Numskull: Just Hangin’ Out

You don’t need Rakim on the remix to tell you that in hip-hop, the truth hurts. The truth is, twelve years ago, the Oakland duo of Yukmouth and Numskull got it in as The Luniz, and still hold one of the biggest records to ever come from the Bay in “I Got Five on It.” […]


don’t need Rakim on the remix to tell you that in hip-hop, the truth

hurts. The truth is, twelve years ago, the Oakland duo of Yukmouth and

Numskull got it in as The Luniz, and still hold one of the biggest

records to ever come from the Bay in “I Got Five on It.” However, after

that, the truth got blurry. The light-hearted group who

celebrated mischief and self-medication split in two directions. After

publicly ignored disputes with Master P and Too $hort, Yukmouth headed

South to align with Rap-A-Lot Records in his more thugged out approach

– something that Numskull says was fictional. Meanwhile, Numskull

returned to his roots with Digital Underground on the road.

Now an admitted alcoholic, the honesty is hard to ignore. Numskull admits to a blue-collar lifestyle, as he releases Numworld,

an album that tells it like it is. In a discussion tracing the

evolution and demise of The Luniz, Numskull speaks candidly, despite

his intention to bring the fun back to the “muzik.” In 1995, The Luniz put out Operation Stackola and E-40 dropped In a Major Way.

Those were two very important albums. Was that that a crazy point for

you guys and the bay area in terms of the attention you were getting?

Numskull: I think that was the peak of it, yeah. Dudes like Too $hort

were bringin’ attention to The Bay already, but yeah, that right there

was the peak of it for me. You were always a lyrical dude. A lot of people don’t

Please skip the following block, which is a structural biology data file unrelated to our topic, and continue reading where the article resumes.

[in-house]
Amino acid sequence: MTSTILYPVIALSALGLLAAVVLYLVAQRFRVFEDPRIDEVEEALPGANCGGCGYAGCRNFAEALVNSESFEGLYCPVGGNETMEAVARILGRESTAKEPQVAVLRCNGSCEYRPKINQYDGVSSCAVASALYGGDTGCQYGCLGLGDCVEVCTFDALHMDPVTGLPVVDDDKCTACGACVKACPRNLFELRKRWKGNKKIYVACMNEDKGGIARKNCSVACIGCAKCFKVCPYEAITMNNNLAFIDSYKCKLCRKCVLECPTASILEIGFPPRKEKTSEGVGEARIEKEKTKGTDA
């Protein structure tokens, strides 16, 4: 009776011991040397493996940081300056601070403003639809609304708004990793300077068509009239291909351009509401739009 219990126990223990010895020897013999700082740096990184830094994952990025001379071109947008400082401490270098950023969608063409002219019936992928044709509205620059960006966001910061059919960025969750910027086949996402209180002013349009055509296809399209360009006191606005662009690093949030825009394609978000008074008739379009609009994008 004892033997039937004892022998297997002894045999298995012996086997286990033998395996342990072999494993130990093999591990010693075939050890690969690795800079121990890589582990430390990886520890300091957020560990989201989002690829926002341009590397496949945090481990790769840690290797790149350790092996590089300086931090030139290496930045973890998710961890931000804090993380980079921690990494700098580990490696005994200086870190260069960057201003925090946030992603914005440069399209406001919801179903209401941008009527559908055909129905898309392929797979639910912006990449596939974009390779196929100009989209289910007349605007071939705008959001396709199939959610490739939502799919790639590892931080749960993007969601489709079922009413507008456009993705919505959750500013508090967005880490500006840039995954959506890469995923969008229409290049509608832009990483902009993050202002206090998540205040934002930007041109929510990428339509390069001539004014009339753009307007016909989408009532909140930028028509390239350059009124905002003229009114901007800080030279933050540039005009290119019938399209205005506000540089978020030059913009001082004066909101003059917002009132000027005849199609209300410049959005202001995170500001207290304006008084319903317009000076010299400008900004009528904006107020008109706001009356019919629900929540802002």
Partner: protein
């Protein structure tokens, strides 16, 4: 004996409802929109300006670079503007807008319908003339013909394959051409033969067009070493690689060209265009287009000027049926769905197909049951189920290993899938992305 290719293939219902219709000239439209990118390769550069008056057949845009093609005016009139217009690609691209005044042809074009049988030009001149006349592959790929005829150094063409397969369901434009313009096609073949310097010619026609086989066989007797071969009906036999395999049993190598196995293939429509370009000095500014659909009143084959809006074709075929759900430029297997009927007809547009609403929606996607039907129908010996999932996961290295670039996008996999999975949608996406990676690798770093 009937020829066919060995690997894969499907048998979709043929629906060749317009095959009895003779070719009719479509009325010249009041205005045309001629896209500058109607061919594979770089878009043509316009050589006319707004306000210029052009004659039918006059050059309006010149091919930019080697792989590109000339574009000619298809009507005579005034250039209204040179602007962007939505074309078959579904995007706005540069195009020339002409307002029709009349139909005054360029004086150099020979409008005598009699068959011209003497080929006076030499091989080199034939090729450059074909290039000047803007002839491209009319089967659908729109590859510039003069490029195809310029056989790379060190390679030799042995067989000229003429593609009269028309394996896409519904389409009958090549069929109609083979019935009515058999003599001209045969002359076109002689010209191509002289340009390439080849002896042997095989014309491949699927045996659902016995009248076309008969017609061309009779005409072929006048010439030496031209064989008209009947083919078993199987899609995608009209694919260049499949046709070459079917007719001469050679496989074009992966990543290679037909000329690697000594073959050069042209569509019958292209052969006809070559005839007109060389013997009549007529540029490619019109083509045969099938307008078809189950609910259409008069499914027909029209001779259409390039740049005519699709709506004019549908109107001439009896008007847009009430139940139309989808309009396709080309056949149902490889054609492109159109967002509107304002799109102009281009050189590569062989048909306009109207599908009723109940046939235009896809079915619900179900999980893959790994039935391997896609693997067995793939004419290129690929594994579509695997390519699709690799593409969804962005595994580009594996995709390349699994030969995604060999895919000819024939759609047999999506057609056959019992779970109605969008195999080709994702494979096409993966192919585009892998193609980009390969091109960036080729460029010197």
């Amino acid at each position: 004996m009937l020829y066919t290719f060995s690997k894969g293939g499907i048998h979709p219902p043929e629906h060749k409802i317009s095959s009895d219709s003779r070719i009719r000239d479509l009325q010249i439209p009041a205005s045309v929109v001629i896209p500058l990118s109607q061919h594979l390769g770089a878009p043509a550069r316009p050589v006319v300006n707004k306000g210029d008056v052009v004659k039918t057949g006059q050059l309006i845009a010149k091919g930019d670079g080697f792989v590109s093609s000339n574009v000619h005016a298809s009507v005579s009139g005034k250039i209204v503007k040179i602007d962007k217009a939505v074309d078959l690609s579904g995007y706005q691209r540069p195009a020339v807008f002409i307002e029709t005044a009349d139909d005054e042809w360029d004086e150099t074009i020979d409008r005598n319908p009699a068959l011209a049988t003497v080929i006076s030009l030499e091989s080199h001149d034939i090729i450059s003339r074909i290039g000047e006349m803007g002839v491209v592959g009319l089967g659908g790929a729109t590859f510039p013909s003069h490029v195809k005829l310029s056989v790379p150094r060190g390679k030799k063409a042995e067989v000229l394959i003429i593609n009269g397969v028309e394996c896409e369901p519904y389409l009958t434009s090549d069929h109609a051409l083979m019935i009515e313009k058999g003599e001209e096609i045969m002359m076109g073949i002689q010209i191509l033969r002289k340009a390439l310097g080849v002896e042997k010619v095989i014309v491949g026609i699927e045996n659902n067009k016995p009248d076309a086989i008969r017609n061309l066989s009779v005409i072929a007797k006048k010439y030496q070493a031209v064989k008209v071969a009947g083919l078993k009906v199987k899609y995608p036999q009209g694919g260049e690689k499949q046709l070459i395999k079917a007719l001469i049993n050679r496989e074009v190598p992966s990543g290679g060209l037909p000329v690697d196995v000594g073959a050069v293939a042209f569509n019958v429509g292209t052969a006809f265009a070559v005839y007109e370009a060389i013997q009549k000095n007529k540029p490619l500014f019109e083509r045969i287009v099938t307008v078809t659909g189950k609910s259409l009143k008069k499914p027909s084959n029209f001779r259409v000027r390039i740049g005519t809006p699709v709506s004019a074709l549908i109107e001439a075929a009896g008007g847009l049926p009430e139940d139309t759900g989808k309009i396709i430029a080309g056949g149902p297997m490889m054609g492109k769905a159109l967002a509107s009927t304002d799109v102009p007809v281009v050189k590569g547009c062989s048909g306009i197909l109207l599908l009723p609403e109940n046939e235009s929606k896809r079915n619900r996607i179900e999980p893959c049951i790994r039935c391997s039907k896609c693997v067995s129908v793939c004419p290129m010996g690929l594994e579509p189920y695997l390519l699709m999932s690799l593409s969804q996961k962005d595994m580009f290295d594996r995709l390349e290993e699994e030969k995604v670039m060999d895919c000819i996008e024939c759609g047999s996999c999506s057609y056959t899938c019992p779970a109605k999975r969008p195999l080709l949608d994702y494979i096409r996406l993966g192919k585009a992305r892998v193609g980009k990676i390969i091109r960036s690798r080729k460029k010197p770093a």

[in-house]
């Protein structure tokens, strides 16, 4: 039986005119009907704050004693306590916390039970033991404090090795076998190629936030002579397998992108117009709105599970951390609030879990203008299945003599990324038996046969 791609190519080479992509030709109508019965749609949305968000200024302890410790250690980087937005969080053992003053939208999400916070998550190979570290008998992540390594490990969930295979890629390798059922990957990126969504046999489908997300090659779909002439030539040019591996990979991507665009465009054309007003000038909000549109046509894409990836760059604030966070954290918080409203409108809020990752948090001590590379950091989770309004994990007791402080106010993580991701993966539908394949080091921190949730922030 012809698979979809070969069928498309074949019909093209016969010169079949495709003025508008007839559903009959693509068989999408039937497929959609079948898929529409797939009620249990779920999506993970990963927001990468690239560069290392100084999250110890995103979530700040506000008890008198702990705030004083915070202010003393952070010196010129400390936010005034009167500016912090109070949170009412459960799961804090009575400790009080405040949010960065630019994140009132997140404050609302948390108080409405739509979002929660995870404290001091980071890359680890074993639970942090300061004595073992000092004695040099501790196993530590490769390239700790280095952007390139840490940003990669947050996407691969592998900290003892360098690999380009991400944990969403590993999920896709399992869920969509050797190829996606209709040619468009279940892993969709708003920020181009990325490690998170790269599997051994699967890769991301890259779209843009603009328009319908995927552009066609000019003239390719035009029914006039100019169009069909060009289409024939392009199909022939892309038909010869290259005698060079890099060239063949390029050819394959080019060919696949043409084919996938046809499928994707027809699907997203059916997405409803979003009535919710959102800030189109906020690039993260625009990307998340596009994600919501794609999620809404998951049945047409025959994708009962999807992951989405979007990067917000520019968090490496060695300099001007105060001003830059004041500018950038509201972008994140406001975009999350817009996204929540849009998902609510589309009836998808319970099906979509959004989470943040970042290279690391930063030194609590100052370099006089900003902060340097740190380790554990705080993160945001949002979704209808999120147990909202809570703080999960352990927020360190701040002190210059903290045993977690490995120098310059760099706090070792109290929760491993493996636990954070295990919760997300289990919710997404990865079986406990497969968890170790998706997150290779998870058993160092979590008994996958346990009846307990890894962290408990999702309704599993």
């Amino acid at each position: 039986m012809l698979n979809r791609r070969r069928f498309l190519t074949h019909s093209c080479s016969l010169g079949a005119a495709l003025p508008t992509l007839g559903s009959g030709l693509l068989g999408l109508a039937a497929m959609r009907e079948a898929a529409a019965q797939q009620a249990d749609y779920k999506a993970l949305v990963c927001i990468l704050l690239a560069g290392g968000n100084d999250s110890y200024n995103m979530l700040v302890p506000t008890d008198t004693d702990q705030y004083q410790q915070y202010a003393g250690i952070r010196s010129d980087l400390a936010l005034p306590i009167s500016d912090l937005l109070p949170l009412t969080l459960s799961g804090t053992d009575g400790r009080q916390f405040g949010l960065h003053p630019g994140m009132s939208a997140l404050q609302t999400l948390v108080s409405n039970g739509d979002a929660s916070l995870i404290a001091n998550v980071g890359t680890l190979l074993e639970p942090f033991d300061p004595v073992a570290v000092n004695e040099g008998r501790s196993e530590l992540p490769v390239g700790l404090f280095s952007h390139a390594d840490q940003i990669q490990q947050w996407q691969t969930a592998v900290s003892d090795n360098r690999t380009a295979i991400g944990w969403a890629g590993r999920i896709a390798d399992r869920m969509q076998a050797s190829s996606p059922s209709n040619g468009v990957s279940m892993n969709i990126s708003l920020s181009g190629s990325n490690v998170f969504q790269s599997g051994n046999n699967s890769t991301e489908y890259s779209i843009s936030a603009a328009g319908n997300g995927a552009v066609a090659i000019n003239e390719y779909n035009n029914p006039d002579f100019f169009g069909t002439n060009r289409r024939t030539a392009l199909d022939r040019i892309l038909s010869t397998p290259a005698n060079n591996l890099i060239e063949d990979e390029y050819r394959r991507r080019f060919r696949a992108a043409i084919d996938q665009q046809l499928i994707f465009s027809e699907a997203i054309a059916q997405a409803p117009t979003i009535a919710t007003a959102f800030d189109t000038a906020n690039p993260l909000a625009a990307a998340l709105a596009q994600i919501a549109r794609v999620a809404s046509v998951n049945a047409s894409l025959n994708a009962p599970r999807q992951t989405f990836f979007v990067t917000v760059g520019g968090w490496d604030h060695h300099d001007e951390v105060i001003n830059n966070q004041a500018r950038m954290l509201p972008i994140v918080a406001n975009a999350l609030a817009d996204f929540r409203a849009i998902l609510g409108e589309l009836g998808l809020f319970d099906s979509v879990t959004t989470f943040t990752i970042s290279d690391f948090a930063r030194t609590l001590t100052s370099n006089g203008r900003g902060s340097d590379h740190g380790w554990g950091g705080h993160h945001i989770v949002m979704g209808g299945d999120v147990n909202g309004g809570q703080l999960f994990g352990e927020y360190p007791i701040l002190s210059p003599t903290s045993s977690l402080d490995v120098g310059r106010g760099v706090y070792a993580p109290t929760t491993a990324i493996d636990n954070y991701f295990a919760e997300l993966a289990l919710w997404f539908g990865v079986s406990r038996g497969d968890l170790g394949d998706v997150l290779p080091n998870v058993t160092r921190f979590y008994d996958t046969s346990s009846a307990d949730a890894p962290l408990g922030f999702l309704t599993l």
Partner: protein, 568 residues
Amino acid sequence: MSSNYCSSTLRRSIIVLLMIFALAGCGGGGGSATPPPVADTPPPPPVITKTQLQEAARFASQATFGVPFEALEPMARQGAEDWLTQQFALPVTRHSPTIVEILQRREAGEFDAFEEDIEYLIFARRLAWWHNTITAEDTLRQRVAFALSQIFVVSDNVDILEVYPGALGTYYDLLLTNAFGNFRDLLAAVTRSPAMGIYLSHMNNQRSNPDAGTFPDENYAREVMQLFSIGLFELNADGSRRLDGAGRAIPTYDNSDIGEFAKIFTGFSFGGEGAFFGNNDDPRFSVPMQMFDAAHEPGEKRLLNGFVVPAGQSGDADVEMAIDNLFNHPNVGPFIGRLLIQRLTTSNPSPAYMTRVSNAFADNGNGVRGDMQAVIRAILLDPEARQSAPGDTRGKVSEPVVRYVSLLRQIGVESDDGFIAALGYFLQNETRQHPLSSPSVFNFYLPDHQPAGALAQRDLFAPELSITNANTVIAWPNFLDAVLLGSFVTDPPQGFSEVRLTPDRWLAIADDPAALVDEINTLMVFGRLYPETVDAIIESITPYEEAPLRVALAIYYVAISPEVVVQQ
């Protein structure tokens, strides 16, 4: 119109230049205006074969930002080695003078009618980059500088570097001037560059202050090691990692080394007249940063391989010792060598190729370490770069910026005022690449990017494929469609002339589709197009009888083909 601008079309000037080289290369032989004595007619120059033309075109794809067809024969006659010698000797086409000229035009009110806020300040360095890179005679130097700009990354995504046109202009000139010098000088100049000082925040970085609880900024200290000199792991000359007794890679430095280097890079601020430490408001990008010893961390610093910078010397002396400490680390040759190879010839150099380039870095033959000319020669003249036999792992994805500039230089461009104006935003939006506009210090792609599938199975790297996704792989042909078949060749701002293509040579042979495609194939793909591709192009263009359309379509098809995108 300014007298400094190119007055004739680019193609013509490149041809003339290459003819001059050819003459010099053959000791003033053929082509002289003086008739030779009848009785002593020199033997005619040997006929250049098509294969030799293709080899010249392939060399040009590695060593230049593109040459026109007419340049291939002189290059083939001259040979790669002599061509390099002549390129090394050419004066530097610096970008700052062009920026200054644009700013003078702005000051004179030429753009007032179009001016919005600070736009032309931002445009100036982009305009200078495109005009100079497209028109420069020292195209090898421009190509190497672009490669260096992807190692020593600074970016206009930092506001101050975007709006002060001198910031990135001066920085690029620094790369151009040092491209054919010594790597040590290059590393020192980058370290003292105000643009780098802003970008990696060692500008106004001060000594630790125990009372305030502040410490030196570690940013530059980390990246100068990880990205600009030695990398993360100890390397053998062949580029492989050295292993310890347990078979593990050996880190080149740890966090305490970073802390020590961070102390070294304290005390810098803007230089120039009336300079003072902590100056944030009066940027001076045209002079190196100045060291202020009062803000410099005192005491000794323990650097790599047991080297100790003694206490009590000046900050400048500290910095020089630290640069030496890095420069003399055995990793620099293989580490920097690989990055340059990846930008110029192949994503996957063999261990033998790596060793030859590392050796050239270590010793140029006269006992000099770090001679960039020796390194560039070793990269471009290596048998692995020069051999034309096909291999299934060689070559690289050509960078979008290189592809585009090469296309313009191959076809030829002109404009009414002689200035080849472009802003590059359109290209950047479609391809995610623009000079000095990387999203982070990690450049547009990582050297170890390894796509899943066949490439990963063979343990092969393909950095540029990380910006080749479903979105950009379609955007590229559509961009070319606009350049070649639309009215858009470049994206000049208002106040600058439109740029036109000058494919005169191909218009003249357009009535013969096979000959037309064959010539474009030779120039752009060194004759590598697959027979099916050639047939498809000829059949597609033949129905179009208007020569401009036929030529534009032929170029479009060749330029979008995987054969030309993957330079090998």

consider MCs from Oakland to be lyrical. How do you feel about that


Numskull: Thank you man, thank you. I appreciate that. Everybody’s

always talking about that lyrical stuff. I just wanna hear people say

something. If you’re sayin’ something, that’s what’s gonna make me like

your music. Talk to me, say something to me. Let me know you’re going

through the same thing I’m going through. And I’ll buy your records

then and I hope that’s what people think about Nummy. On Lunitik Muzik particularly, you brought a light-hearted side to the music, at times comedy. How intentional was that?

Numskull: I’ll tell you, man, me and Yuk was all about havin’ fun. That

was our lives: just clownin’ and havin’ fun. We baggin’ on everybody

all day. That’s what our families do. We have fun. But were still

struggling so we try to make it better with our music. We try to make

it better with ourselves. We laugh all day, that’s what we do. We

laugh, we play, we make money, we struggle, all in one, and it comes

out in my music. I got a comedy side, man, I got a struggle side,

that’s me. I take what I live and I put it into my music. What’s your relationship with Yukmouth, right now?

Numskull: Me and him are on some like “whatever is whatever.” If we

come together to do something, it’s gonna be for the money. You know

what I’m sayin’? It’s like having a brother, man. Sometimes you not

gonna get along, and that’s what we’re at right now. We’re not getting

along right now. But maybe one day it’ll get better and well put

something out for the fans, you never know. Where does this come from?

Numskull: Aw man, I don’t know, man. This is what I have to say: I

don’t like lying about the s**t that I do in my raps. That ain’t me,

man. Basically, that’s what me and Yuk had a problem with. He ain’t

telling the truth in his raps, and I won’t do that. I’m a broke n***a,

so I rap about that. [He’s] rappin’ about flossin’ and all that. N***a,